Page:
13. In the petitions a plea was raised that by the Act and the Rules, the guarantee of Article 14 was infringed, but no argument was presented before us independently of the argument relating to infringement of the guarantee under Article 19(1)(g), in support of the contention that the Act infringed the guarantee of equality before the law or equal protection of the laws. The Act deals with the regulation of a class of traders, and in view of the widespread malpractices, and the practical difficulties of controlling those malpractices, stringent provisions have been made by the Act. The classification is founded on an intelligible differentia and the differentia has a rational relation to the object sought to be achieved. The provisions of the Act again do not invest arbitrary authority upon those who are to administer the Act. nor can it be said that the standards prescribed are arbitrary.
14. The Act does not infringe the guarantee of Article 20(3) of the Constitution. By that clause no person accused of any offence shall be compelled to be a witness against himself. But by enacting that a plea by the vendor in a prosecution for an offence pertaining to sale of adulterated or misbranded article of food, that he was ignorant of the nature, substance or quality will not be a defence, the guarantee under Article 20(3) is not infringed. The vendor when charged with an offence is not thereby compelled to be a witness against himself. Nor can it be said that by making the report of the Director of Central Food Laboratory conclusive evidence of the facts stated therein, any such infringement is intended. The provision has been made with a view to secure formal evidence of facts without requiring the Director to remain present, and in the interest of effective administration of the Act, the certificate signed by the Director of the Central Food Laboratory is made final and conclusive evidence of the facts stated therein. The Director is a highly placed official, an expert in determining the nature, substance and quality of food, and is wholly disinterested in the result of any case coming before the Courts. It is difficult to appreciate how conclusiveness attributed to the certificate of the Director compels the vendor charged with an offence under the Act to be a witness against himself.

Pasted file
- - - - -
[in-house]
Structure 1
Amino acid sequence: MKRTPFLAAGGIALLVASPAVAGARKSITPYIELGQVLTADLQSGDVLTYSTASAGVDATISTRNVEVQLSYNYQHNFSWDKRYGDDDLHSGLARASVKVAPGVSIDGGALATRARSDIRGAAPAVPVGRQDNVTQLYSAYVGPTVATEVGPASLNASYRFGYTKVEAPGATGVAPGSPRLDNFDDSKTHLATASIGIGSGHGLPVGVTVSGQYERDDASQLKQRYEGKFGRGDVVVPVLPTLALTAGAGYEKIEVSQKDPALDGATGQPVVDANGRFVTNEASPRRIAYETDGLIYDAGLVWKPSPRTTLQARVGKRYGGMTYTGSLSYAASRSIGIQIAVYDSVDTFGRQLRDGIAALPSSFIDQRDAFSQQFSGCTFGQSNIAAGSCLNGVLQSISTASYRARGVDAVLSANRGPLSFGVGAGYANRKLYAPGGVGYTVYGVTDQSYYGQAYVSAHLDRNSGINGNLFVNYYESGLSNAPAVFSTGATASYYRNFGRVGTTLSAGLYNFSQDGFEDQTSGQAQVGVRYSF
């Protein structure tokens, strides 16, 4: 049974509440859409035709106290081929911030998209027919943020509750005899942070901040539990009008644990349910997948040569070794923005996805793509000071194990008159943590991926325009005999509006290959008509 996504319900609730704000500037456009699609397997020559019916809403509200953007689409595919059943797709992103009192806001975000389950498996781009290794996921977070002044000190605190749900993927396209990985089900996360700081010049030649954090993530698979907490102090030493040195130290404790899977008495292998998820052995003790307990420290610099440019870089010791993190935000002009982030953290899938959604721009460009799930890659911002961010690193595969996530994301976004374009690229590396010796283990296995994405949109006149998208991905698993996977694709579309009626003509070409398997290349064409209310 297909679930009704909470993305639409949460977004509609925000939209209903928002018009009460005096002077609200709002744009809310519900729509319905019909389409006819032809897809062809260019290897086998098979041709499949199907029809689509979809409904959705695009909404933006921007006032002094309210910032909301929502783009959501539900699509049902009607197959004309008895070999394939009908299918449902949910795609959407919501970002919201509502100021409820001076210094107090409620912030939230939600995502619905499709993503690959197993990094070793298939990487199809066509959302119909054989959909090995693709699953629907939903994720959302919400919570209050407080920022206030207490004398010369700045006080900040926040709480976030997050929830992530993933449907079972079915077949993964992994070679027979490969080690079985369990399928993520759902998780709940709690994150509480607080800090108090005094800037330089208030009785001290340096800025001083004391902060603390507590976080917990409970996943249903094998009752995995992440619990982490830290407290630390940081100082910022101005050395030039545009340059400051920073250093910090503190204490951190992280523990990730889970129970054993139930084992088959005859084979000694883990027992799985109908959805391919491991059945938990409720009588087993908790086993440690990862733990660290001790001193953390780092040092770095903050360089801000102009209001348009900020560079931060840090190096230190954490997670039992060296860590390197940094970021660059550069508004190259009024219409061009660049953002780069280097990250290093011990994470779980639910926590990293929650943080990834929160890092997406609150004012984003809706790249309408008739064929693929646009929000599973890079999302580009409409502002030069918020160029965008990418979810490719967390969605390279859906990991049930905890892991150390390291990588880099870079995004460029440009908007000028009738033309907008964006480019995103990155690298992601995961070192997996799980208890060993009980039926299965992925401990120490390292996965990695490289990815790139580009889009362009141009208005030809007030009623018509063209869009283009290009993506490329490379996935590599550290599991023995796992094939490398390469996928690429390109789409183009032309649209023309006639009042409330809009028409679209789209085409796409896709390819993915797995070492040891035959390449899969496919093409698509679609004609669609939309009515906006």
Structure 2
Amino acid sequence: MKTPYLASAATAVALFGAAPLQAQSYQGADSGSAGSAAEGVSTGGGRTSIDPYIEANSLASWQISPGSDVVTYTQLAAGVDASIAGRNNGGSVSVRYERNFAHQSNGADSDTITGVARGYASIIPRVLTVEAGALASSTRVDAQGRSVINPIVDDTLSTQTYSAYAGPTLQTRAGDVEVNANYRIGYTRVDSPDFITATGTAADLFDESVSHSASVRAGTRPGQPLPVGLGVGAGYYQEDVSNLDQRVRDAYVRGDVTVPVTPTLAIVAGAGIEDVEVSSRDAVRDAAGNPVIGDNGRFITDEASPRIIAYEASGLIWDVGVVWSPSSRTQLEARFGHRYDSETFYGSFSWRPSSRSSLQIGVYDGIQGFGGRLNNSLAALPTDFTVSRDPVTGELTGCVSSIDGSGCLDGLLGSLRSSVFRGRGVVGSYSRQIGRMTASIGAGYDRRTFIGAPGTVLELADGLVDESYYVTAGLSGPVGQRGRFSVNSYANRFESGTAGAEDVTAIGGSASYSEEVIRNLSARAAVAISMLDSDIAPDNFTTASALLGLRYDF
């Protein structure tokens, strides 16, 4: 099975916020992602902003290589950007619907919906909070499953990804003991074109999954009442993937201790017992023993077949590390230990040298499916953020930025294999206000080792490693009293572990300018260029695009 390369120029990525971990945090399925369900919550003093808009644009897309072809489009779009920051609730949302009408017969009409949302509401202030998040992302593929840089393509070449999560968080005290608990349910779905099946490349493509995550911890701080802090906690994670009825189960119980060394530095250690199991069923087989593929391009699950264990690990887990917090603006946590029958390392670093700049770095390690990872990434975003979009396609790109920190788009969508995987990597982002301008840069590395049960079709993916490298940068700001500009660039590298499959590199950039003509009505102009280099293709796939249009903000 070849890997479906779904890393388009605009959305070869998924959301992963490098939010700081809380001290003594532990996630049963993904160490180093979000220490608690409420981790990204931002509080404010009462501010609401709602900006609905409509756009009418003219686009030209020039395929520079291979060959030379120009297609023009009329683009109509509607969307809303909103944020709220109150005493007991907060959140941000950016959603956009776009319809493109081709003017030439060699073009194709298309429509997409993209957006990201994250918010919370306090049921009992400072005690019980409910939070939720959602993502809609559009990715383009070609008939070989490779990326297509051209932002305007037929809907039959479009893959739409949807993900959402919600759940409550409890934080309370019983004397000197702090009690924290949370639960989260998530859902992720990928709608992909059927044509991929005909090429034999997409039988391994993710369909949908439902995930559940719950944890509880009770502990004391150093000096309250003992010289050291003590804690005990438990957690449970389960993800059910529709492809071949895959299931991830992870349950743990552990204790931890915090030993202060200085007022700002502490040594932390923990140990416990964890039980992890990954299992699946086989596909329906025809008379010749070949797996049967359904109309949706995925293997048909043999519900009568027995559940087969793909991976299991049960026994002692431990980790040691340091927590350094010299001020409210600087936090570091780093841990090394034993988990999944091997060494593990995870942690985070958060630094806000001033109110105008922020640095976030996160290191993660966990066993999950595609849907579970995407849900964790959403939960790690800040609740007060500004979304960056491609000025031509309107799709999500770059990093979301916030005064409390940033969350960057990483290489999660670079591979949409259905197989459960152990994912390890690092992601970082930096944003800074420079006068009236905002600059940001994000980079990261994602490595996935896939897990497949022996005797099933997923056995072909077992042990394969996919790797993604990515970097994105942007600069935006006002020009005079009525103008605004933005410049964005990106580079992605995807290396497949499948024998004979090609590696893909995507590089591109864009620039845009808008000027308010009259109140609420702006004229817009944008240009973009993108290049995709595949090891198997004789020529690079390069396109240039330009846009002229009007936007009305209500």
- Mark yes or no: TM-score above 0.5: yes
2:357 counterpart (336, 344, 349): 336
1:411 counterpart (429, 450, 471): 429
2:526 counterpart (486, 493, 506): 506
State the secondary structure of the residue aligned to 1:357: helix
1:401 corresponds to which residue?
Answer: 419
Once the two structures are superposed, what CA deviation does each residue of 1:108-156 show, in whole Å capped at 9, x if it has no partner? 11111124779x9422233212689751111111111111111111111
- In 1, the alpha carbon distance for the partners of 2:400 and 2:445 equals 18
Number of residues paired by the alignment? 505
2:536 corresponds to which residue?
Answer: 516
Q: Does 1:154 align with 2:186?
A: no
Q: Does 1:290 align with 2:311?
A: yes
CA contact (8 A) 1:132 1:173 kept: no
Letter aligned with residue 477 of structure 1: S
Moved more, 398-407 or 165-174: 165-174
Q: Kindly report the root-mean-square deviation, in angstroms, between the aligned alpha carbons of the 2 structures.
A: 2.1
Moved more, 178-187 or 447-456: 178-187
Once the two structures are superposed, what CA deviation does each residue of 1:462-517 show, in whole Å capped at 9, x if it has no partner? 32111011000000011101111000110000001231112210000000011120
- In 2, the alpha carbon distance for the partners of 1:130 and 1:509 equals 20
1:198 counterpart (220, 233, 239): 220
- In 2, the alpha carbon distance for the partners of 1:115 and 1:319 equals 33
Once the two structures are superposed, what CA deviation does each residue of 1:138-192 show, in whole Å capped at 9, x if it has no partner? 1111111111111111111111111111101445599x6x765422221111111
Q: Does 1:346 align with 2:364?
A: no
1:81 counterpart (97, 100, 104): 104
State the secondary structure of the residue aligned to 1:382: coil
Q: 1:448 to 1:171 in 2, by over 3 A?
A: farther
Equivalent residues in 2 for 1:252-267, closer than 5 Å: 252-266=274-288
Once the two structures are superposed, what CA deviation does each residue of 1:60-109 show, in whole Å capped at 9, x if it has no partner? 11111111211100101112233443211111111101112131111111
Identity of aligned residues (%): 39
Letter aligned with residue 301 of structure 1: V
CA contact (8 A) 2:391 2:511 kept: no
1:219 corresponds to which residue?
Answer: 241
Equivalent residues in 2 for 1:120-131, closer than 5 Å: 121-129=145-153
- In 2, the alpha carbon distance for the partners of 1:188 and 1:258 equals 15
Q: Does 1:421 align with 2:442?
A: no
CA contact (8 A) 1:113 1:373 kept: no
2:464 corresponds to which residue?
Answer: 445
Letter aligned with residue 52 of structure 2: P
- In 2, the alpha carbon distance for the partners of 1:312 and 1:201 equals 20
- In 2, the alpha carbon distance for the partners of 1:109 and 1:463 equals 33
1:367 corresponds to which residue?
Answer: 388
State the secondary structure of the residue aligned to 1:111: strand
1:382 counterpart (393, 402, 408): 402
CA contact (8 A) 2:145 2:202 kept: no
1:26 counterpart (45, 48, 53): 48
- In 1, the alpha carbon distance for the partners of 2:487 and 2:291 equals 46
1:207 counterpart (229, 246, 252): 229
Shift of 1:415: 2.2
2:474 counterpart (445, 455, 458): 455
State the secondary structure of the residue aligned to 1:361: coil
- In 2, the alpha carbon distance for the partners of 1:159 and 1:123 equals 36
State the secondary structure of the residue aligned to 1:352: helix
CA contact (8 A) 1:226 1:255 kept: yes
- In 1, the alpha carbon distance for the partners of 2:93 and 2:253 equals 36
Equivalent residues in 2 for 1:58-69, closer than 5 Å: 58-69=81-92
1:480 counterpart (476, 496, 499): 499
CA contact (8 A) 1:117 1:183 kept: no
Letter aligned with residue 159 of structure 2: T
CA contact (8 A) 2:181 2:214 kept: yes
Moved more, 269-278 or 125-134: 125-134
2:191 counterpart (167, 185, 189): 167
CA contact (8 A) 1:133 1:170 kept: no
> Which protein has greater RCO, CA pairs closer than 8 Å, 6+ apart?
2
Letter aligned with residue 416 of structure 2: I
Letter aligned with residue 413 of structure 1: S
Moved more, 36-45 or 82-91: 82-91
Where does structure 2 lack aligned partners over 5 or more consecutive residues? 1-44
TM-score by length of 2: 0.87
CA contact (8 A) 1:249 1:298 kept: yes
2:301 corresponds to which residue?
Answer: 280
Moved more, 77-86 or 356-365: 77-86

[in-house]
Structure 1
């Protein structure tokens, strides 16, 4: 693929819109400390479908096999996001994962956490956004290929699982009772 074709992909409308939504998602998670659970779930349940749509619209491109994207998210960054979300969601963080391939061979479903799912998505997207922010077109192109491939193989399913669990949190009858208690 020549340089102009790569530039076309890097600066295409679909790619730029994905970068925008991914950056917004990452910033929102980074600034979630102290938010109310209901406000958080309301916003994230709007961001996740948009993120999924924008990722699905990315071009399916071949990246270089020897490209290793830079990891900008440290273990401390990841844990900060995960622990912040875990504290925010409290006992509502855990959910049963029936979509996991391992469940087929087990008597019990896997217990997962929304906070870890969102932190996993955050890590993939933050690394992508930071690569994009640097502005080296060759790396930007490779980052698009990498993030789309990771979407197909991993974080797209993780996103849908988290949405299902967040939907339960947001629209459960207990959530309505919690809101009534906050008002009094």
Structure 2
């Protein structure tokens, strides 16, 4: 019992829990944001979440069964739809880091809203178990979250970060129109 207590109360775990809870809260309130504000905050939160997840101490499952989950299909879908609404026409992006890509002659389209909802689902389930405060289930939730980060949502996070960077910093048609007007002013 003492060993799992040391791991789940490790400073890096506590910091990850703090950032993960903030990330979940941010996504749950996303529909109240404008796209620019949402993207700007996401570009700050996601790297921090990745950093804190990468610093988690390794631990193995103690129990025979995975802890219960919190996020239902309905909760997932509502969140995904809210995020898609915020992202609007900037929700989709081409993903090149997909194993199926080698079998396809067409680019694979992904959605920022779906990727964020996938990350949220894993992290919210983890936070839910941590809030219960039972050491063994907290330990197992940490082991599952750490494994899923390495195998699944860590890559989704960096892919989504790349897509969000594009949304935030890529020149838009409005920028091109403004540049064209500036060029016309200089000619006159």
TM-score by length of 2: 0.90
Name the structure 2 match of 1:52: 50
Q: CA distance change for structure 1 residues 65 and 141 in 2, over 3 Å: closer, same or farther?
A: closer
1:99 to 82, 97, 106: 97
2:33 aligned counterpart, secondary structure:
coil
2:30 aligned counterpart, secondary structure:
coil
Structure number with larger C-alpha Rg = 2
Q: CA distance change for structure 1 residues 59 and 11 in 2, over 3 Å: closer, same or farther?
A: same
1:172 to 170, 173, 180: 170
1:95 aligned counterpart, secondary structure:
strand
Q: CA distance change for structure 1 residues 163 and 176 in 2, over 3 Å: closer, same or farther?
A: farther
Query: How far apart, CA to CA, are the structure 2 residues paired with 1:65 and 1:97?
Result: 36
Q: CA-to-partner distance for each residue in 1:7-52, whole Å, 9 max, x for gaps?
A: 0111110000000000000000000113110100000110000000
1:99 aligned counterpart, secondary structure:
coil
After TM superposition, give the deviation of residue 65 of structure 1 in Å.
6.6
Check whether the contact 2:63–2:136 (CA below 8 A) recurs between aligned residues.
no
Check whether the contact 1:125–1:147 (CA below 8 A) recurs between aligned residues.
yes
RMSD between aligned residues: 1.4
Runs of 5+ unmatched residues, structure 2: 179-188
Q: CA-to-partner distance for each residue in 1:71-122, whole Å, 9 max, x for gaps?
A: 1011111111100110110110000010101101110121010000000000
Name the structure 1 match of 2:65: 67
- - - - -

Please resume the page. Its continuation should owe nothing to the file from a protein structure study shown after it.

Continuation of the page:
15. The petitions fail and are dismissed with costs. One hearing fee.